Recently the question about bug transfer from mulch from hurricane regions came up. I thought you would like to know that here in central Iowa, I have seen at least a dozen stores selling cypress mulch. Last time I checked, we were lacking in cypress here in Iowa. I'm not concerned about the bugs in the bags because they have been sitting in the sun for sometime, so if there was anything in them, I'm sure it's cooked by now, but what I would like to know is, will this cypress on the ground here attract unwanted pests, such as termites? And is cypress even a good mulch, or should I stick with the tried and true cedar?
(Sawing and Drying Forum)
From contributor D:
Cypress mulch is made from bald or pond cypress that was harvested for the sole purpose of making mulch. It is not a good choice for mulch because of the devastation to the swamps and wetlands where it was harvested. Most times, it is a clear cut process leaving nothing but stumps.
The best mulch is recycled mulch from power line cleanups which is usually free. I prefer to use pine straw, since it is both a renewable resource and in most cases, it is inexpensive or you can rake it up and it is free.
I have used power line mulch and it lasts for a season and is rotted the next, depending on the species. Great if you want to make compost. I have also seen harvester ants, fire ants, carpenter ants, termites and all sorts of other insects delivered in loads of the stuff.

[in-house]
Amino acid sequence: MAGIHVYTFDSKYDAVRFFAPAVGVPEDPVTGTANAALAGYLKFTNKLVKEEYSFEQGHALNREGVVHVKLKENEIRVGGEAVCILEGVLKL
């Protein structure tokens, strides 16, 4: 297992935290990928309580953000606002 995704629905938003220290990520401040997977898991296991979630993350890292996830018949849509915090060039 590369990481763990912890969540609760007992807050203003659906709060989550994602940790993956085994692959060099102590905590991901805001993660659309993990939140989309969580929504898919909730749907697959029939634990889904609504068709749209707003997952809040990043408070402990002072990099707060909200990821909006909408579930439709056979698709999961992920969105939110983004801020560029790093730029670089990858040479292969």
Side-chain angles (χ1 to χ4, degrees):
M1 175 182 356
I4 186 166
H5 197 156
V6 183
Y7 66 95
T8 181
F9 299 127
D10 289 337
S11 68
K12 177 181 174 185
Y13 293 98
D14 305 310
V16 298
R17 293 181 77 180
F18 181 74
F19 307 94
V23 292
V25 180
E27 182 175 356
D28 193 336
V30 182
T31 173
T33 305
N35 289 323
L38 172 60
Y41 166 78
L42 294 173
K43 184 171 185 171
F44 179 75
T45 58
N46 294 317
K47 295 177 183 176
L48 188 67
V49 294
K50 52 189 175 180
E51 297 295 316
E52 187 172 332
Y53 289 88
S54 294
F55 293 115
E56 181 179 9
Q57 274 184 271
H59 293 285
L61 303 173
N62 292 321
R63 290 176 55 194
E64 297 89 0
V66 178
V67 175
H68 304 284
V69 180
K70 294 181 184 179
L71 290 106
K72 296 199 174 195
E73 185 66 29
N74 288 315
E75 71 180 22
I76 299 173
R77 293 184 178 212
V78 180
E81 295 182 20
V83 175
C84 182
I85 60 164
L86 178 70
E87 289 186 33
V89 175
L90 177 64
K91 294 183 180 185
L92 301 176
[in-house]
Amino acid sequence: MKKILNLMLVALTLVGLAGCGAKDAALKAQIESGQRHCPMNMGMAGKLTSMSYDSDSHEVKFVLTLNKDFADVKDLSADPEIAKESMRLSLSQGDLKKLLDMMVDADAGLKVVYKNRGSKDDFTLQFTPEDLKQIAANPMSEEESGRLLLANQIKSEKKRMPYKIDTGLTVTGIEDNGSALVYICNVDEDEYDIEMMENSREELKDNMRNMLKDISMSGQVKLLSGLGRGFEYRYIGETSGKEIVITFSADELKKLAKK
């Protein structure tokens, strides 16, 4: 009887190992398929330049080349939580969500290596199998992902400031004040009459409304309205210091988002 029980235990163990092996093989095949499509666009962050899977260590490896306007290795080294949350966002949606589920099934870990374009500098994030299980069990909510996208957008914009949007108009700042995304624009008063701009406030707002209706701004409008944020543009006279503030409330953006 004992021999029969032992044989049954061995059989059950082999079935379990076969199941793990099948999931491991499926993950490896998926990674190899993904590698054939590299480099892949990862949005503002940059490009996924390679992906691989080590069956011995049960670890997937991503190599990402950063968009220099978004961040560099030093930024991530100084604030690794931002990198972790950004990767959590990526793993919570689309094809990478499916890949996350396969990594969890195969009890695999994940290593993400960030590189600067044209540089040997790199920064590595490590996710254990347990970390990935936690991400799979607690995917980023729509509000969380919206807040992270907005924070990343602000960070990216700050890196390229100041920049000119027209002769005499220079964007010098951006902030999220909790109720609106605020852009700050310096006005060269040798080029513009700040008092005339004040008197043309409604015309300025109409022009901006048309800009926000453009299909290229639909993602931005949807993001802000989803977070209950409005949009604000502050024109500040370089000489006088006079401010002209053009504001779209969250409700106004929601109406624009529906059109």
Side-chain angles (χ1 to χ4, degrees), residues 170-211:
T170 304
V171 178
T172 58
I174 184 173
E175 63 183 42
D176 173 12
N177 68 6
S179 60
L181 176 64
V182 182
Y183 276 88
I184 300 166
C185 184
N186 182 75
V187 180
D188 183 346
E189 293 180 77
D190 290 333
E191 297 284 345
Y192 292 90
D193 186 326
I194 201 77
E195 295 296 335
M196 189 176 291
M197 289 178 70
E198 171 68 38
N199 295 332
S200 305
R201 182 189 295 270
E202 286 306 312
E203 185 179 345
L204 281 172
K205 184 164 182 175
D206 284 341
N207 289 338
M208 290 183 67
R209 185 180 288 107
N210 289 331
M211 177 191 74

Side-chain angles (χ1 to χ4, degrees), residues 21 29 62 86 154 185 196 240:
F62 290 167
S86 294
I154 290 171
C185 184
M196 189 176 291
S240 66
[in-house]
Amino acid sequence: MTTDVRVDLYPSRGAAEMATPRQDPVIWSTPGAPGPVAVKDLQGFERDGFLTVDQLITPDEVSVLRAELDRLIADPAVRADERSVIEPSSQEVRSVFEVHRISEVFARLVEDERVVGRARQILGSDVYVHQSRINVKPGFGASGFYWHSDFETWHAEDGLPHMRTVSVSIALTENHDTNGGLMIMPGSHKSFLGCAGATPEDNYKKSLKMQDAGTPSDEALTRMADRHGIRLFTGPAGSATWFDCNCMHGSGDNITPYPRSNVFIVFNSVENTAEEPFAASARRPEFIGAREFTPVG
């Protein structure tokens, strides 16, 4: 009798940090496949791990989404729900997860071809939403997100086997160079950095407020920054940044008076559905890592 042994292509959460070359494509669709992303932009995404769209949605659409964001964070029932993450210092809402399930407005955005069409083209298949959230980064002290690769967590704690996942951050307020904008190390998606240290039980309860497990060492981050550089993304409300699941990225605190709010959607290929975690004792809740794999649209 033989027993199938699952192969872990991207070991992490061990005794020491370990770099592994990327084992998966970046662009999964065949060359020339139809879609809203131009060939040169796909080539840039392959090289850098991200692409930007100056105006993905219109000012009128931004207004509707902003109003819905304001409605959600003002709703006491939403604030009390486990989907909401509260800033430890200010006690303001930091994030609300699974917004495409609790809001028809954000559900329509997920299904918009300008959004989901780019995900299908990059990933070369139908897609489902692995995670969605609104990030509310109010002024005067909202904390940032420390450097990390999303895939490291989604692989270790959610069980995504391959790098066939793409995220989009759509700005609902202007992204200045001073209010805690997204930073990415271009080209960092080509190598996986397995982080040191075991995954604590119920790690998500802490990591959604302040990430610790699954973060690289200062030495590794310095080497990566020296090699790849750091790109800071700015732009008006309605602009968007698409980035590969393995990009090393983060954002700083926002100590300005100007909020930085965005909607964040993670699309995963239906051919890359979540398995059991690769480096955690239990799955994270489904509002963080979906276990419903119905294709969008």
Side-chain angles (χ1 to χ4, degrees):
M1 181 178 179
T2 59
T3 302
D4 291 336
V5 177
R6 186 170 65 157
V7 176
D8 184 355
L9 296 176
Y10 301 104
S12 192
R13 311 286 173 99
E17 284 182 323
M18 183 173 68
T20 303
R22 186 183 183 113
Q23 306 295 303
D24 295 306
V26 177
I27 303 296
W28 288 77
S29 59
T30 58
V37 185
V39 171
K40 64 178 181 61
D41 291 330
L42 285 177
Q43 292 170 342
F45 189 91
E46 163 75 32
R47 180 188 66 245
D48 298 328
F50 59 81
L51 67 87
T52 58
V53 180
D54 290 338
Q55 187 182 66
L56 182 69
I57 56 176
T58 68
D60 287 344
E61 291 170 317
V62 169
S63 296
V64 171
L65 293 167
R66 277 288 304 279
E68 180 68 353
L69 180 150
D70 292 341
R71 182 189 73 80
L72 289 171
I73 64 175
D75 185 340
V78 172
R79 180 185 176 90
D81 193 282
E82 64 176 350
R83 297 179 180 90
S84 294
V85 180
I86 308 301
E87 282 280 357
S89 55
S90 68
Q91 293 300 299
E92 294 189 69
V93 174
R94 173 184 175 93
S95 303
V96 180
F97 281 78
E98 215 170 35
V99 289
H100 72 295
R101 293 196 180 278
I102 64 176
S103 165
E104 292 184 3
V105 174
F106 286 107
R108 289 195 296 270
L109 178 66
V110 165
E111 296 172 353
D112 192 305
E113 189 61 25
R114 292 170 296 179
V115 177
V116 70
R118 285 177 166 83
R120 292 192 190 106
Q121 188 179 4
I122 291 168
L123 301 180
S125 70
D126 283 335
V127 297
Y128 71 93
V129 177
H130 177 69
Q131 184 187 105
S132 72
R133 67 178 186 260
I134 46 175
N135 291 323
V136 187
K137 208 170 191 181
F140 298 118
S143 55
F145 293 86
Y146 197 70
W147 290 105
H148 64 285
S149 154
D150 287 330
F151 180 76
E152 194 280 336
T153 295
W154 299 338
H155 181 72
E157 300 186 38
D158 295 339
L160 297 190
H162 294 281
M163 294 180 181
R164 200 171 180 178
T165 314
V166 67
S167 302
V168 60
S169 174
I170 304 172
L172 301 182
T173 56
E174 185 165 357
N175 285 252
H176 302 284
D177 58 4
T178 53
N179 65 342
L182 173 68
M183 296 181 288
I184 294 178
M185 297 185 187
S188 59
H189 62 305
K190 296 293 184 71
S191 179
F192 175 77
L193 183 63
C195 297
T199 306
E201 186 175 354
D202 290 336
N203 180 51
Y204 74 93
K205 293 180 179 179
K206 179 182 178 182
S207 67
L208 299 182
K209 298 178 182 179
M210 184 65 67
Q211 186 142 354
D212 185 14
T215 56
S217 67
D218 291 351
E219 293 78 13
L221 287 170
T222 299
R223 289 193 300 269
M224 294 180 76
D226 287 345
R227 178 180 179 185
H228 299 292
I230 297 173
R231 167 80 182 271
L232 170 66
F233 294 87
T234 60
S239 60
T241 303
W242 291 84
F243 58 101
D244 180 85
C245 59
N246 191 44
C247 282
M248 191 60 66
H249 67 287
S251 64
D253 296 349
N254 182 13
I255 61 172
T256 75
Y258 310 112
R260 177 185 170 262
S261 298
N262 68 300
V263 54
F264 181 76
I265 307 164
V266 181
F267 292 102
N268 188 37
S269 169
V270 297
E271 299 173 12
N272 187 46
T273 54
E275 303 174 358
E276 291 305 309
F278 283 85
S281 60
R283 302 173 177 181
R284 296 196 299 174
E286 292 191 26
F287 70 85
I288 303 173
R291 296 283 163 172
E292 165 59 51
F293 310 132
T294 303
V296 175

Here is a paragraph from Iowa State Hort. Dept.:
"Bald cypress (Taxodium distichum) is a deciduous conifer. Native to swamps in the southeastern United States, it does surprisingly well in the north. In Iowa, it performs best in the southern portion of the state. The foliage is an attractive yellow-green in the spring and turns to russet in the fall. The bald cypress possesses a pyramidal growth habit and may eventually reach a height of 50 feet."
Dr. Gene, does cypress wood (or other wetland trees such as green ash and pin oak) exhibit similar characteristics of other tree species that are sometimes found in bottom lands? As an example, I understand that a red oak that grows in a bottom land environment will show larger growth rings, and less dense wood structure vs. a red oak that grows in a drier upland landscape. Do the cypress and other wet tolerant species across the board have the same less dense, weaker structured wood as an oak found in a bottomland hardwood local?